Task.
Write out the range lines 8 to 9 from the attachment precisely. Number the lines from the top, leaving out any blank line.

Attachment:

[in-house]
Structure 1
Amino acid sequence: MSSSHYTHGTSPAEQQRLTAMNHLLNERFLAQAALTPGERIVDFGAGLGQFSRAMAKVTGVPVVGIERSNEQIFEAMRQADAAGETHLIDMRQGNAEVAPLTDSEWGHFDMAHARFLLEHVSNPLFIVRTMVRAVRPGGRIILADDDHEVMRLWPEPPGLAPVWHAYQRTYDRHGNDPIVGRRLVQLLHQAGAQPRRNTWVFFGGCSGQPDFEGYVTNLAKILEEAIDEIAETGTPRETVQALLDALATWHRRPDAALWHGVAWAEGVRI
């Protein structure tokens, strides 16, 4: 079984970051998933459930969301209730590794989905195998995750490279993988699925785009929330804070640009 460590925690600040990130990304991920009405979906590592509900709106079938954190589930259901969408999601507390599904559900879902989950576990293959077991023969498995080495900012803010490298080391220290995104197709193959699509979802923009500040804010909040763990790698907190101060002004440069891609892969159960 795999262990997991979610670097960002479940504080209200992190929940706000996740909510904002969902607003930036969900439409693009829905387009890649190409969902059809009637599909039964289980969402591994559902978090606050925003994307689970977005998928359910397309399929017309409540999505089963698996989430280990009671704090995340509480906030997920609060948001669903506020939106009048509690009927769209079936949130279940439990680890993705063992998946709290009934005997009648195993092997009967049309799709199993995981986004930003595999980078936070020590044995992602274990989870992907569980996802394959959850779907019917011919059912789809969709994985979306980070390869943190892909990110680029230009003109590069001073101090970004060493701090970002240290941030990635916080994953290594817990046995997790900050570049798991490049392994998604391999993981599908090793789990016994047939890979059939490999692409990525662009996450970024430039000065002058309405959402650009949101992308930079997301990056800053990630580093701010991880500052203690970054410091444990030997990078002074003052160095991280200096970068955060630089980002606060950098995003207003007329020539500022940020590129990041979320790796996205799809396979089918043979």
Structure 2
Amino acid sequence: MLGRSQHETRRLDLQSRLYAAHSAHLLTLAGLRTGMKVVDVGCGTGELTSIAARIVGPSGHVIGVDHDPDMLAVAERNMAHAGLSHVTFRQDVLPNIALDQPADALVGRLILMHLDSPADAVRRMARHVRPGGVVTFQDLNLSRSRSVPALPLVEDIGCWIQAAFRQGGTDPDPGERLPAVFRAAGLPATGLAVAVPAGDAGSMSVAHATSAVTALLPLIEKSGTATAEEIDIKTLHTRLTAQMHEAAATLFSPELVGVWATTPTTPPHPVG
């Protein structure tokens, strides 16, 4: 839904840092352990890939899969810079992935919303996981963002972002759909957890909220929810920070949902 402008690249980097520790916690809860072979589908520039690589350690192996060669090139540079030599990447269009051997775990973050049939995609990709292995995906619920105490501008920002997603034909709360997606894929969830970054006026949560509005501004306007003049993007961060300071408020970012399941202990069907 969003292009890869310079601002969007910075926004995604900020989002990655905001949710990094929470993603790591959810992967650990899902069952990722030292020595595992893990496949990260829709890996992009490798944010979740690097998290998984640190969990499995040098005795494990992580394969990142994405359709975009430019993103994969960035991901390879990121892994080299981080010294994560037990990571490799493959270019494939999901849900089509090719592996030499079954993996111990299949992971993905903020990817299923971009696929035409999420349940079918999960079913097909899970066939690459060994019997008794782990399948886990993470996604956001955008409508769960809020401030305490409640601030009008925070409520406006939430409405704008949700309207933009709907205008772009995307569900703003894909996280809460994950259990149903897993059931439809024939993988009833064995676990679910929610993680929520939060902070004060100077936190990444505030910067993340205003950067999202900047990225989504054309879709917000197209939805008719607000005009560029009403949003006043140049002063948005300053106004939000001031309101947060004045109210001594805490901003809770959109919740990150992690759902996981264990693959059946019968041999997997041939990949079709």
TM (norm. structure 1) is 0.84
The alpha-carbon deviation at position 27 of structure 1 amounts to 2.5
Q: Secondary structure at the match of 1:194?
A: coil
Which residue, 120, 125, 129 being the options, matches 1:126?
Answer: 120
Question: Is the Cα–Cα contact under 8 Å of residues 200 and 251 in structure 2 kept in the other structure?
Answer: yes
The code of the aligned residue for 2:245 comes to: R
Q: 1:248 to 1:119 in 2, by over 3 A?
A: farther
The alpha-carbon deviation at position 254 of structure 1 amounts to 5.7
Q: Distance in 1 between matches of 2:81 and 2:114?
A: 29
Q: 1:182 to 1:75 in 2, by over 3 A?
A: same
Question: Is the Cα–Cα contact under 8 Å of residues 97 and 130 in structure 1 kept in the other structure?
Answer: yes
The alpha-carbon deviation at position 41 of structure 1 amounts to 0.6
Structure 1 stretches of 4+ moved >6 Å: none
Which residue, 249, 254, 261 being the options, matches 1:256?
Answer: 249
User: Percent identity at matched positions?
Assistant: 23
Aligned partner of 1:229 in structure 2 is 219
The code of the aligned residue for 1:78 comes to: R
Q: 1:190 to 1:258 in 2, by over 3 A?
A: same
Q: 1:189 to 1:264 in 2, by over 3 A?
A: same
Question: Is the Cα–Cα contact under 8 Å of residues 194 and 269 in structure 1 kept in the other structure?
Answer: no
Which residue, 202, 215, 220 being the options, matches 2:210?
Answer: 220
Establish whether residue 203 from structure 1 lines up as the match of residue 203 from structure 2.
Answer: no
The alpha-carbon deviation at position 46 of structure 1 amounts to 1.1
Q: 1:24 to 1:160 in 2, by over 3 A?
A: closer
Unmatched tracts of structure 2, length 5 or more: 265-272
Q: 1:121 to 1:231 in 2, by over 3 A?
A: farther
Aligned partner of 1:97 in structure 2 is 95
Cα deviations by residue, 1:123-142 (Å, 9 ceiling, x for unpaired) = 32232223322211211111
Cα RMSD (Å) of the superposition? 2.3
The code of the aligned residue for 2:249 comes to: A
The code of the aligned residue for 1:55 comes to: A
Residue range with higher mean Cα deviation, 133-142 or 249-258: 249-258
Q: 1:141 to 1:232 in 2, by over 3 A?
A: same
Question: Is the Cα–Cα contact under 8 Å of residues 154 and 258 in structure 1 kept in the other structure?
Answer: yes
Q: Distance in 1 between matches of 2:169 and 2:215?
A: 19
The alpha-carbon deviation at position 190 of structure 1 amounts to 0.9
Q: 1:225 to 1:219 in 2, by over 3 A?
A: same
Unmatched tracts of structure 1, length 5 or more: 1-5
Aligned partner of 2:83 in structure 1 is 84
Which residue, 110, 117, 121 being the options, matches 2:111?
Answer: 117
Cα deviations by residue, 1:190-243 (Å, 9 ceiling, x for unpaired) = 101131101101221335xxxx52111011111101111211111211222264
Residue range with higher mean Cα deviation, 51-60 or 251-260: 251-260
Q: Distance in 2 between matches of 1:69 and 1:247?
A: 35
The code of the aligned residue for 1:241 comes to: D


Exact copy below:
TM (norm. structure 1) is 0.84
The alpha-carbon deviation at position 27 of structure 1 amounts to 2.5